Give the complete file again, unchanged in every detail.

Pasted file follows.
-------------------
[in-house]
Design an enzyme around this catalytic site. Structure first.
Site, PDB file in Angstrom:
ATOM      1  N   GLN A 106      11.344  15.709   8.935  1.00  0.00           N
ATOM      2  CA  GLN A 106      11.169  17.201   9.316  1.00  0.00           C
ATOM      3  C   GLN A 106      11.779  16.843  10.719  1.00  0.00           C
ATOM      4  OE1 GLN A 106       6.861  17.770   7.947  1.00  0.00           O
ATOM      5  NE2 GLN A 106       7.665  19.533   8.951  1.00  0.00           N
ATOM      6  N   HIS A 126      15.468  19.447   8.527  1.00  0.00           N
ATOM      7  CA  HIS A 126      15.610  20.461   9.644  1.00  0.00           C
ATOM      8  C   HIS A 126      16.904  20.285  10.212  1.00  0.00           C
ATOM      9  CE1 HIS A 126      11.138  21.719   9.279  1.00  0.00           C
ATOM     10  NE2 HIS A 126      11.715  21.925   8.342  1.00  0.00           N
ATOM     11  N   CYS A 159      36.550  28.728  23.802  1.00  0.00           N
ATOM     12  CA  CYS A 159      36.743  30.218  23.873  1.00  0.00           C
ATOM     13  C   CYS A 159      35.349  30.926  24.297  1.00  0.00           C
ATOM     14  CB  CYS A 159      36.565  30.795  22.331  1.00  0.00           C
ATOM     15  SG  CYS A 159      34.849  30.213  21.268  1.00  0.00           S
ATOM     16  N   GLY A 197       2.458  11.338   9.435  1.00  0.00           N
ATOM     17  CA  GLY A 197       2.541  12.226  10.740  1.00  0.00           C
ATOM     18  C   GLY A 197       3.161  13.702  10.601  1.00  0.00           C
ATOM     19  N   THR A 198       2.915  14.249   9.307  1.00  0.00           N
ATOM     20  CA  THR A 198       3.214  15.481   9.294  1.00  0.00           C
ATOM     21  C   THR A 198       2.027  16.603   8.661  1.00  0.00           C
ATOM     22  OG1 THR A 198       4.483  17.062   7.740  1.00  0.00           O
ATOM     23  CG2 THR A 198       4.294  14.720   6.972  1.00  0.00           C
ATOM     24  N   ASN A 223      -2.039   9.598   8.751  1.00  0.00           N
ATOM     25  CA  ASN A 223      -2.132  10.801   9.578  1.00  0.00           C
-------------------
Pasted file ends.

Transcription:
[in-house]
Design an enzyme around this catalytic site. Structure first.
Site, PDB file in Angstrom:
ATOM      1  N   GLN A 106      11.344  15.709   8.935  1.00  0.00           N
ATOM      2  CA  GLN A 106      11.169  17.201   9.316  1.00  0.00           C
ATOM      3  C   GLN A 106      11.779  16.843  10.719  1.00  0.00           C
ATOM      4  OE1 GLN A 106       6.861  17.770   7.947  1.00  0.00           O
ATOM      5  NE2 GLN A 106       7.665  19.533   8.951  1.00  0.00           N
ATOM      6  N   HIS A 126      15.468  19.447   8.527  1.00  0.00           N
ATOM      7  CA  HIS A 126      15.610  20.461   9.644  1.00  0.00           C
ATOM      8  C   HIS A 126      16.904  20.285  10.212  1.00  0.00           C
ATOM      9  CE1 HIS A 126      11.138  21.719   9.279  1.00  0.00           C
ATOM     10  NE2 HIS A 126      11.715  21.925   8.342  1.00  0.00           N
ATOM     11  N   CYS A 159      36.550  28.728  23.802  1.00  0.00           N
ATOM     12  CA  CYS A 159      36.743  30.218  23.873  1.00  0.00           C
ATOM     13  C   CYS A 159      35.349  30.926  24.297  1.00  0.00           C
ATOM     14  CB  CYS A 159      36.565  30.795  22.331  1.00  0.00           C
ATOM     15  SG  CYS A 159      34.849  30.213  21.268  1.00  0.00           S
ATOM     16  N   GLY A 197       2.458  11.338   9.435  1.00  0.00           N
ATOM     17  CA  GLY A 197       2.541  12.226  10.740  1.00  0.00           C
ATOM     18  C   GLY A 197       3.161  13.702  10.601  1.00  0.00           C
ATOM     19  N   THR A 198       2.915  14.249   9.307  1.00  0.00           N
ATOM     20  CA  THR A 198       3.214  15.481   9.294  1.00  0.00           C
ATOM     21  C   THR A 198       2.027  16.603   8.661  1.00  0.00           C
ATOM     22  OG1 THR A 198       4.483  17.062   7.740  1.00  0.00           O
ATOM     23  CG2 THR A 198       4.294  14.720   6.972  1.00  0.00           C
ATOM     24  N   ASN A 223      -2.039   9.598   8.751  1.00  0.00           N
ATOM     25  CA  ASN A 223      -2.132  10.801   9.578  1.00  0.00           C